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Those who think “AI will solve medicine” are delusional. I say this as a practitioner of machine learning in drug discovery and development.
First things first, “AI” is an overused term. We should stop using it, especially in medicinal research.
Now, my thoughts are more sanguine. The real value proposition of machine learning models in drug development is to navigate chemical, sequence, pathway, and knowledge space faster and smarter than we might otherwise do so without machine learning methods. It’s a modeling tool, and nothing more than that. It’s a tool for helping the human collective make better decisions than without it, but it’s also a double-edged sword. We can use the tool and then constrain our thinking because we have that tool, because we want to continue using that tool. Or we can use the tool to our advantage and liberate our mind to think of other things.
This thought was sparked off by an email that I was on at work. A molecule was approved for continued investigation (not even “go for safety trials”!), and 63 people were on that email. Imagine the number of people who are involved in getting a molecule past all research-phase checkpoints and all 3 clinical trial checkpoints. Hint: Many people are involved.
As I combed through the names on that email, the number of machine learners was vastly outnumbered by the number of colleagues who toiled daily at the bench, wrangling with even more uncertainty than that we have at our computers. We machine learners work in service of them, delivering insights and prioritized directions, just as they toil to generate the data that our data-hungry models need. It’s a symbiotic relationship.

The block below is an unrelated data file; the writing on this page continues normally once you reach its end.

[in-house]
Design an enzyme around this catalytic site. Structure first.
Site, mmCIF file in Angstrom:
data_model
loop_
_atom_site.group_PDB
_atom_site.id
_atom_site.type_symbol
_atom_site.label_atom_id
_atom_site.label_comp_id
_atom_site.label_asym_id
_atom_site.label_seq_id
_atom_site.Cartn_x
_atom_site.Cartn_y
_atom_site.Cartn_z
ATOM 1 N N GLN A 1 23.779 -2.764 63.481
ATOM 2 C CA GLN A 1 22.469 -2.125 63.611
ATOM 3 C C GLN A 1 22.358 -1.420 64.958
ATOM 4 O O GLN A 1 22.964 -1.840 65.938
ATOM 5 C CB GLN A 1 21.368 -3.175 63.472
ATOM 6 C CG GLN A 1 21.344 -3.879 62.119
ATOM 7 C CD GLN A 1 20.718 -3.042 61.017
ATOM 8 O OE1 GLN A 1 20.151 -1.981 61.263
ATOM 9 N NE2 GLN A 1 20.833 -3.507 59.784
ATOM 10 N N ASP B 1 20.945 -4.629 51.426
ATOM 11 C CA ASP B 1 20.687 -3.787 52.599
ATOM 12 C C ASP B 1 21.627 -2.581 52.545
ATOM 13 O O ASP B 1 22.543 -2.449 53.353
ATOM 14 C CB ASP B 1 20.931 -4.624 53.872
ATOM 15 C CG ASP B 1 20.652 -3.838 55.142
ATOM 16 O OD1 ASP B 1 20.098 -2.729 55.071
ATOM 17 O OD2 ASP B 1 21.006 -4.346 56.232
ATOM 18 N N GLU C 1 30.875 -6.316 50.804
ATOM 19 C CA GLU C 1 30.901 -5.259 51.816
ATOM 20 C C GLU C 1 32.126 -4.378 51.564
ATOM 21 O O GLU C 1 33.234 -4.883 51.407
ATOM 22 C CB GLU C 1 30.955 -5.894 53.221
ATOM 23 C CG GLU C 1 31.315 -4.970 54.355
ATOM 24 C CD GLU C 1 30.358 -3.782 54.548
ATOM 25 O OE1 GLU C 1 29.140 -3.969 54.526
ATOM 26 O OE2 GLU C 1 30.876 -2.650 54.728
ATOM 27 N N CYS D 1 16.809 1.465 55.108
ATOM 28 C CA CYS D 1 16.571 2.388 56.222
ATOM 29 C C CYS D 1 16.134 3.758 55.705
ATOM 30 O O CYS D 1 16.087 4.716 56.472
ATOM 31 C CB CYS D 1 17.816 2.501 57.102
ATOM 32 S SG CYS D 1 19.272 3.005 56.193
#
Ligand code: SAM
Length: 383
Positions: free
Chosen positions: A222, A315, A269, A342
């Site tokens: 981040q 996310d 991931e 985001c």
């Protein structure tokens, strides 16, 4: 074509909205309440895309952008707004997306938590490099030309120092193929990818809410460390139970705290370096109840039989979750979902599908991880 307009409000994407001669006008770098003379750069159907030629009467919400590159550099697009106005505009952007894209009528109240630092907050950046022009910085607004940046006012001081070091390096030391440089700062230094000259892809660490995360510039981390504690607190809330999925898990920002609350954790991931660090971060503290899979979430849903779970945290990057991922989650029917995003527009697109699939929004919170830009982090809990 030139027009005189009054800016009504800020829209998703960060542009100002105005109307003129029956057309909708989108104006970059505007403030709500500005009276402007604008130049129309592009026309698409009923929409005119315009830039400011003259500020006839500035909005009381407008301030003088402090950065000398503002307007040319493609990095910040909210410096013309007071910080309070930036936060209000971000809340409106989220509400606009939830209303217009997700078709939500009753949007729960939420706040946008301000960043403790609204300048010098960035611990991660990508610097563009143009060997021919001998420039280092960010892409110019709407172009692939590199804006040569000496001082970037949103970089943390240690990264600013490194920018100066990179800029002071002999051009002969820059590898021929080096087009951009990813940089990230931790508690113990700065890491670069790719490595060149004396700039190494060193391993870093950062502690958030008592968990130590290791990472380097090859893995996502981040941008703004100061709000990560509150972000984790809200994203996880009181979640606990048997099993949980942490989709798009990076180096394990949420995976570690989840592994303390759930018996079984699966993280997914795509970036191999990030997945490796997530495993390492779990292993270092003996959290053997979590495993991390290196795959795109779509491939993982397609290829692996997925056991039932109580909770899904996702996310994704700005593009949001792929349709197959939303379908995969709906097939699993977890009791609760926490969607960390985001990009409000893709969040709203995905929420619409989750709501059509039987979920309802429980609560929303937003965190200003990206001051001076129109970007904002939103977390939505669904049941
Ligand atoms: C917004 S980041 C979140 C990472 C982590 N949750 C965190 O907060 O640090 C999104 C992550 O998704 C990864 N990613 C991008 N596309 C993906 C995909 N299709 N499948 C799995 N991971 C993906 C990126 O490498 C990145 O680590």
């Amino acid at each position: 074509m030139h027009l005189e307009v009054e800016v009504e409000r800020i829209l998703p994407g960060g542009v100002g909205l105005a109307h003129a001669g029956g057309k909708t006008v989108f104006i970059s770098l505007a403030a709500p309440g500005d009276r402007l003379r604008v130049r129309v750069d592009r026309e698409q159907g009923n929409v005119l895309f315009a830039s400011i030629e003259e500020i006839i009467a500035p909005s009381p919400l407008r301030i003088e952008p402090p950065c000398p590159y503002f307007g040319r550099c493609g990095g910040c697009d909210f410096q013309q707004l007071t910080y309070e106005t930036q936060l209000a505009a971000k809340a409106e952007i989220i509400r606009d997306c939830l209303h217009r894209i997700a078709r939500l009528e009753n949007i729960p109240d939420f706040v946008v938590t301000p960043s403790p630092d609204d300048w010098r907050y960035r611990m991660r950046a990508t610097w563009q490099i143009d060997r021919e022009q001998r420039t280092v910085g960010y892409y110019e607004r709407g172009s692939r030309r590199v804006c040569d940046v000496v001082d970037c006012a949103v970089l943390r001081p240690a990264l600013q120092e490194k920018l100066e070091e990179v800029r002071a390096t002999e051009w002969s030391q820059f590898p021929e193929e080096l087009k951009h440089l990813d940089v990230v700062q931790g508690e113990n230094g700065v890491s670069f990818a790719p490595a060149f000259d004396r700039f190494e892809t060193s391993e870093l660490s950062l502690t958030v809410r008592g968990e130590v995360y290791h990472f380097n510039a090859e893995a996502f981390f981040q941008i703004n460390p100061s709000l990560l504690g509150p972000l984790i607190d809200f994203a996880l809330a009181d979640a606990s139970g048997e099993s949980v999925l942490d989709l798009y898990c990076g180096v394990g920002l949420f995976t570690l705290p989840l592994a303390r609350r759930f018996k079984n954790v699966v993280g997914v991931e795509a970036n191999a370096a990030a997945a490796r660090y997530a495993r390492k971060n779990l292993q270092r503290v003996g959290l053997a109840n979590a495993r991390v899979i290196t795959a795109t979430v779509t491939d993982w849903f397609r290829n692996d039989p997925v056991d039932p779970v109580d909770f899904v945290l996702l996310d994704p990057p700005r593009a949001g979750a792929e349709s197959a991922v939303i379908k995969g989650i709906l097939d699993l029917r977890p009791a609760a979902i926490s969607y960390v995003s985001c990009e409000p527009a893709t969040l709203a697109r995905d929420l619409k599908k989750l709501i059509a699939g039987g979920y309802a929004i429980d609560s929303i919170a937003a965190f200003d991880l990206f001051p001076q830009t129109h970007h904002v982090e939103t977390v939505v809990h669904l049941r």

What do all of those 63 people work on?
Some make the molecules. Others design the assays to test the molecules in. Yet others design the assays to find the target to then develop the assay for. It’s many layers of human creativity in the loop. I can’t automate the entirety of their work with my software tools, but I can augment them. I mean, yeah, I can find a new potential target, but ultimately it's a molecular biologist who develops the assay, especially if that assay has never existed before.
There are others who professionally manage the progress of the project. There’s sufficient complexity at the bench and in the silicon chips that we can’t each keep track of the big picture. Someone has to do that, and keep everybody focused.
And then there’s the handful of us who deal with numbers and mainly just numbers. Yes, it’s a handful. I counted them on my fingers. We do have an outsized impact compared to our numbers, but that’s because we can get computers to do our repetitive work for us. At the bench, robots are harder to work with. Having been at the bench before and failing badly at it, I can very much empathize with how tedious the work is. It’s expensive to collect that data, so the onus is on us computation types to get help navigate “data space” more smartly.